Ringers by Bill Greenwell


From word-bending parody to the depths of depression; from caustic political commentary to bereavement; from childhood memories to life-enhancing and life depressing love affairs, what unites Ringers is the freshness of vision, the startling turns of phrase, the uniqueness of a voice that it as once incisive and verbally assured, yet also vulnerable and utterly authentic. This long awaited second collection following on from the success of Greenwell’s critically acclaimed debut, Impossible Objects, will not disappoint.

Praise for Bill Greenwell’s poetry:

– Fresh, startling, inventive, entertaining… There’s not a boring note here… You never know where Greenwell’s going next.
U A Fanthorpe & R V Bailey

– Bill Greenwell does things with language you didn’t know were possible…
Selima Hill

– A verbal magician working with the precision and economy of a master cartographer… The writing is witty and tender, delicate and tough. It consistently charms us out of the every-day…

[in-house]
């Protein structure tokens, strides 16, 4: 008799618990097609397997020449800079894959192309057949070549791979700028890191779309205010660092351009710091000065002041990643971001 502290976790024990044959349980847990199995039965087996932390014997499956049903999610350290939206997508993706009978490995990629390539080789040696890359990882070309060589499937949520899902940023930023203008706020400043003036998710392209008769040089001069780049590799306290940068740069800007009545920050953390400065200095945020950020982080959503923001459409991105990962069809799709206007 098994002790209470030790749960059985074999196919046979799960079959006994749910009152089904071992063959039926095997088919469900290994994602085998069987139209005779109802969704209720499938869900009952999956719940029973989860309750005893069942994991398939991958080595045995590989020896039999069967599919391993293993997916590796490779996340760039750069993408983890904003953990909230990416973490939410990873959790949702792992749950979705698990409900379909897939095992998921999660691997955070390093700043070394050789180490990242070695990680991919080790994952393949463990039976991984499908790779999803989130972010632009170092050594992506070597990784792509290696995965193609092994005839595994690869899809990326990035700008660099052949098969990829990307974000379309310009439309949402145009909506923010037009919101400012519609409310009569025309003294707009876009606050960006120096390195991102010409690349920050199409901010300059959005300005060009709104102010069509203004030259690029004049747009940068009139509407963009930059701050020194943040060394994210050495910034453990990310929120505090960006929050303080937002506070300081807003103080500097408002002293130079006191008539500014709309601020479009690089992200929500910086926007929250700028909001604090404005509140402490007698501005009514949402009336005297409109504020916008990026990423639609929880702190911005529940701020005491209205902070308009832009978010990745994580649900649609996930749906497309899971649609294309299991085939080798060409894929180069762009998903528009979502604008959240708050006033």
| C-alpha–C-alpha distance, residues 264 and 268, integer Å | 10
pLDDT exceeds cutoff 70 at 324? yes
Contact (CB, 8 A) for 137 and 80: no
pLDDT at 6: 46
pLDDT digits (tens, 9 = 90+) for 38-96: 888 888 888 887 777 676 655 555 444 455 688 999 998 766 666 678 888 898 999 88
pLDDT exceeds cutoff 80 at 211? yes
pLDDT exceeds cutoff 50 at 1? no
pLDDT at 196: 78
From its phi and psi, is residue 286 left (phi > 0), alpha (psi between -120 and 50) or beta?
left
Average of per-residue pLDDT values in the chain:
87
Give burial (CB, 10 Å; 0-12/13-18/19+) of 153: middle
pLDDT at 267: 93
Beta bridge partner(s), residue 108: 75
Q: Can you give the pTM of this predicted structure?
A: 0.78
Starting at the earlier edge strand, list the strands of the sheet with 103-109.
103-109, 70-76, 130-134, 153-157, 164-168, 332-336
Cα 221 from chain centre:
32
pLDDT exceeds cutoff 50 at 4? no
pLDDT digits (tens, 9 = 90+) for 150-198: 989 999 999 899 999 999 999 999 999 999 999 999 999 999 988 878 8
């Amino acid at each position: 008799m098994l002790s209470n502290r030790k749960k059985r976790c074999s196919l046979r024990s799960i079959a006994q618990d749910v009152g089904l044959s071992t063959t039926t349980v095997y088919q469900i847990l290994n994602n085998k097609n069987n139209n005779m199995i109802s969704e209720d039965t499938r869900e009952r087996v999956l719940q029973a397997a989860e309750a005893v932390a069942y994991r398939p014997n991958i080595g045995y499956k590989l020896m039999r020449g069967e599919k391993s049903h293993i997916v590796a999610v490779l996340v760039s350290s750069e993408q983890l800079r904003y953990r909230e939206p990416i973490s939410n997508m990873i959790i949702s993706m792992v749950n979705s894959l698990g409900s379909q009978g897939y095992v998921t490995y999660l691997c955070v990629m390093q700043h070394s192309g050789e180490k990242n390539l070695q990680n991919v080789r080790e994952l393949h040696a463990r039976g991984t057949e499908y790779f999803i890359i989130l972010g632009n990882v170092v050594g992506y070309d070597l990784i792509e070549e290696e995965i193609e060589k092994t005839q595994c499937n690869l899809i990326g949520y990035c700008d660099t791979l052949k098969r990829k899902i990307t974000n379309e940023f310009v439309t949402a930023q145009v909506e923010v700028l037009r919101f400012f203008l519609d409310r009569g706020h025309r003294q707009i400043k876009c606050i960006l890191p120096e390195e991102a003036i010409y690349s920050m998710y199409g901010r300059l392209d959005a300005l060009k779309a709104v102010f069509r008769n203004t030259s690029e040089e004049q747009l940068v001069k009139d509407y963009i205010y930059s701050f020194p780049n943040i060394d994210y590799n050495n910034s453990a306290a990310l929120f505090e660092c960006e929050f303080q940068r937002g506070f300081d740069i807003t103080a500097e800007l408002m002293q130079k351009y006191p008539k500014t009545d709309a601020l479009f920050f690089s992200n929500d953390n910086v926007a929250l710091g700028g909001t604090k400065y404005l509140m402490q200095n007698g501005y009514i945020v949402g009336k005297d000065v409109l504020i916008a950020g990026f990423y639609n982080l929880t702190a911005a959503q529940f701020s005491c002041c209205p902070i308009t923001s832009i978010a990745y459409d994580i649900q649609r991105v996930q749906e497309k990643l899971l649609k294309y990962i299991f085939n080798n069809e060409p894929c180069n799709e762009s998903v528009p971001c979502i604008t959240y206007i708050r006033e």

Carol Rumens

Bill Greenwell was born in Sunderland in 1952, and worked in Devon for 36 years before returning to the North-East, where he is the Open University in the North’s Staff Tutor for the Arts. He was New Statesman’s weekly satirical poet from 1994 to 2002, and his web-site www.theweeklypoem.com continues this tradition. His first collection, Impossible Objects, was shortlisted for the Forward best first collection prize in 2006. He has been a winner or runner-up in a number of national poetry competitions, including the Troubadour, the Kent & Sussex Open (four times!), the Yeovil Open, The Plough, the Devon Open, the Wigtown Open, and the Virginia Warbey. He has also won over two thousand competitions for parodies and light verse in The Spectator and New Statesman and other magazines. In 2004 he won the £5000 Mail on Sunday poetry prize.

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